Cindy's Reviews > The Mind's Eye

The Mind's Eye by Oliver Sacks
Rate this book
Clear rating

's review
Sep 18, 2010

it was amazing
bookshelves: non-fiction, brainzz, own, ebook, 2010-best-reads
Read from November 09 to 15, 2010

Mind's Eye is classic Sacks. It's a collection of essays with a focus on case studies. This time they were loosely based around the theme of the Mind's Eye - or how our perceptions of the world translate to imagery in the mind. As usual, he looks at people who have some sort of injury, illness or deficit to tell us about the normal functioning processes.

Sacks has never shied away from including his own illnesses and problems in his books. (To wit: A Leg to Stand On and Migraine.) This time felt brutally personal as he shared both his life-long problem with prosopagnosia (face blindness), and his recent battle with a melanoma tumor on his retina. The latter altered then robbed him of his sight, and we see the normally upbeat the resilient doctor become alarmed, depressed, anxious and doubting. His Melanoma Diary is included verbatim, describing his thoughts as his vision changed day-to-day through the cancer treatments.

The last chapter, which was also titled "Mind's Eye", is very detailed, filled with citations, and had more of a scholarly and philosophical tone than the other case-study/memoir chapters. However, it really brought together the deeper themes in the book: the difference between perception and mental imagery. I suspect this chapter has been published elsewhere before inclusion in the book.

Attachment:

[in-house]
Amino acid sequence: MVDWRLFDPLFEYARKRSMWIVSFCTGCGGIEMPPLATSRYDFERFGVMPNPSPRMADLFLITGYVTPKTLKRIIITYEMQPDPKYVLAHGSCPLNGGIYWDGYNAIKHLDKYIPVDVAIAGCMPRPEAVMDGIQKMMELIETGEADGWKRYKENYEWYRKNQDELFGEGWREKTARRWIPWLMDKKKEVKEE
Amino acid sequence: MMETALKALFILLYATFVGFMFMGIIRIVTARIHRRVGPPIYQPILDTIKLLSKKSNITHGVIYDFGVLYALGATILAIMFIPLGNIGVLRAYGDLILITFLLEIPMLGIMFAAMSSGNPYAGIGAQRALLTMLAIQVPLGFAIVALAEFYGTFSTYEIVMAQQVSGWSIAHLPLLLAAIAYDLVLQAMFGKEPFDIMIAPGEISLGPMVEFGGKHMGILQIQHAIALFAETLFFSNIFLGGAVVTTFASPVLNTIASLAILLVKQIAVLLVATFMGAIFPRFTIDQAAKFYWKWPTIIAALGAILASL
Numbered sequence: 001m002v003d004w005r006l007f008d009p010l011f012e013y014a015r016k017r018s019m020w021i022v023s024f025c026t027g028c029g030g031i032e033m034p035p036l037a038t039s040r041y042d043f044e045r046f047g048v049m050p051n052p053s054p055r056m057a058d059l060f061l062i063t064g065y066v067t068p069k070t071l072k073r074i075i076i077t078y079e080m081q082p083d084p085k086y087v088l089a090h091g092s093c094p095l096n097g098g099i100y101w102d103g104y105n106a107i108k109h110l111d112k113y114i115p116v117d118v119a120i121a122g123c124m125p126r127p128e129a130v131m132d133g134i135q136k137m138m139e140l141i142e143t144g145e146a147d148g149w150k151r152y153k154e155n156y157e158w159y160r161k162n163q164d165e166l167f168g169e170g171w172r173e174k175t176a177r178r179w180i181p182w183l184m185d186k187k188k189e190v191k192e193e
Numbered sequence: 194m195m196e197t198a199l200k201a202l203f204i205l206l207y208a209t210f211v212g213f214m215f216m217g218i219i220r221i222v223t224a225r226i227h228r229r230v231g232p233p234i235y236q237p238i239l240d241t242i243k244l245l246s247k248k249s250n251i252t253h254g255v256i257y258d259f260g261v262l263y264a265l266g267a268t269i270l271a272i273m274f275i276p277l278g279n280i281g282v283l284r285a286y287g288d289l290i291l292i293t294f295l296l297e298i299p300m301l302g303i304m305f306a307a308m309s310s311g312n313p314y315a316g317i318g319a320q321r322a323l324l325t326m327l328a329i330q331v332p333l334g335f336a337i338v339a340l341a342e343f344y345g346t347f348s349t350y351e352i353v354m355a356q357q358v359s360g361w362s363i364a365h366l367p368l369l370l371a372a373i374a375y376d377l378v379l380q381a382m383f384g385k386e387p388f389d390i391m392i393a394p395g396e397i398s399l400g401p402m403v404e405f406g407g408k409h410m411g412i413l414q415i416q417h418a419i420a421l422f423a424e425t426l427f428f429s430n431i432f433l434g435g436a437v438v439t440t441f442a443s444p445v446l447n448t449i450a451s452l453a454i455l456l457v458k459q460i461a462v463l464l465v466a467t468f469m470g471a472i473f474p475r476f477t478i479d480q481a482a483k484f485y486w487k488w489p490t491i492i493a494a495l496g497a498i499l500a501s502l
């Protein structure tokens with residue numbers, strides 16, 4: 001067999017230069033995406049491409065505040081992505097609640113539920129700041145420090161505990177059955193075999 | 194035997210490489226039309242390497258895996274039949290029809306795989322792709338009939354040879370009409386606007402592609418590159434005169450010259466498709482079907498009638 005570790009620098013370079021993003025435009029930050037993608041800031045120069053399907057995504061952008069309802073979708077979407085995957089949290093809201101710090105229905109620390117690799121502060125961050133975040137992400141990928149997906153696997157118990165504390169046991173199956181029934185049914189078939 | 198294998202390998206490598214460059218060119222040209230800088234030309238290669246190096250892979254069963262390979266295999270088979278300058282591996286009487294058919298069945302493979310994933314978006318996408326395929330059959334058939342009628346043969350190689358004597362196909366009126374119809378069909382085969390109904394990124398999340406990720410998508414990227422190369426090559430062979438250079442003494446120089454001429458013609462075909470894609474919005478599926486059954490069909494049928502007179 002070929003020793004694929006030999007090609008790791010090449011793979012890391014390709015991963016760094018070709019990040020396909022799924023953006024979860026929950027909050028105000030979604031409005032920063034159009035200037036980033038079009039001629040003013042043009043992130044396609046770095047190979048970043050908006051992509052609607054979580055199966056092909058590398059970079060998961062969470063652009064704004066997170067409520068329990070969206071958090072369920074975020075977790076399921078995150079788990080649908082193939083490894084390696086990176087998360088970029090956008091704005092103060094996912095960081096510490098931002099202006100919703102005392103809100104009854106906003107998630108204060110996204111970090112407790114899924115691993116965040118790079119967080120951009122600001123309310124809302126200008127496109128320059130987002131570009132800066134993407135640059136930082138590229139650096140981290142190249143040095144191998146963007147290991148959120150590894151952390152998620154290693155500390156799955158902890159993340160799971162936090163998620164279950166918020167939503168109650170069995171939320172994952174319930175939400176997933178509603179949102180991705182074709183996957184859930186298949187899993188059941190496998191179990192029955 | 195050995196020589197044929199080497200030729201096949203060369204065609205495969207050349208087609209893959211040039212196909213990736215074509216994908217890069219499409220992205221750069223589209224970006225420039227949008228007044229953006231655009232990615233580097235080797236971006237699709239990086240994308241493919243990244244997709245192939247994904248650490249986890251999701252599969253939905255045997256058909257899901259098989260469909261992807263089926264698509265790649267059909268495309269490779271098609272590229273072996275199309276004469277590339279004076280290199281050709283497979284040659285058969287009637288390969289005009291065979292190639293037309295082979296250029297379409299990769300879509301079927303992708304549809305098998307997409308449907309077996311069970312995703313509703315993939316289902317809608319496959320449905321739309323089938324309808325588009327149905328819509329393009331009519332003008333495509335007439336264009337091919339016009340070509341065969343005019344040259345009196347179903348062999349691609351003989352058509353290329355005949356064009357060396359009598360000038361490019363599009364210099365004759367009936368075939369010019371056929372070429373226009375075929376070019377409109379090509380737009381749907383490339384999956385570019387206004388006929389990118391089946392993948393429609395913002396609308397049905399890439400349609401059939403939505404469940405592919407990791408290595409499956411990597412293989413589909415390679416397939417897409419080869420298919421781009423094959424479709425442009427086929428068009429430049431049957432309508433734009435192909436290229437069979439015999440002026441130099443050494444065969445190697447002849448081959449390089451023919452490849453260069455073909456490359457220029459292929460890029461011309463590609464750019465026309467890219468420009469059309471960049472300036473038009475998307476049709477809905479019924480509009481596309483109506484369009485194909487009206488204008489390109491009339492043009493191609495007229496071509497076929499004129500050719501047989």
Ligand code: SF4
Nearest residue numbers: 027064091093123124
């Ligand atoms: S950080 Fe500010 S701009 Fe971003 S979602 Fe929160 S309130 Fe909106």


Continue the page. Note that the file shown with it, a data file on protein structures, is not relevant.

One of the best things I took away from the book is the difference between people who are strong visual imagers and people who do a more abstract type of mental imagery. In that last chapter, he discusses quite a few cases of blind people who have either maintained a very strong sense of visual imagery despite their deficits. He contrasts those with cases where the blind person has completely shifted their mental imagery towards aural, texture, and more abstract imagery. (It turns out Sacks admits he has almost no capabilities to pull up mental visual images, and he attributes some of this to his prosopagnosia.)

It took me a long time to think about the differences, but I think there are strong parallels with my fellow physicists. At work, I have always been a very strong visual, "graph it" person -- I think best about a physical relationship or concept if I can imagine the graph or other physical representation. My husband, at the other extreme, likes to think much more abstractly in equations, and rarely graphs things in his head. As I've chatted with other folks over the years, physicists tend to fall into one or the other category - and I think this is what Sacks is talking about in the last chapter.
4 likes · flag

Sign into Goodreads to see if any of your friends have read The Mind's Eye.
Sign In »

Reading Progress

11/15/2010 page 356

Comments (showing 1-2 of 2) (2 new)

dateDown arrow    newest »

Julie Can't wait to see what you think of it

Cindy I'm about 25% in, and it's awesome. Very classic Sacks.

This is a nice chaser after my last book, which bombed with me.

back to top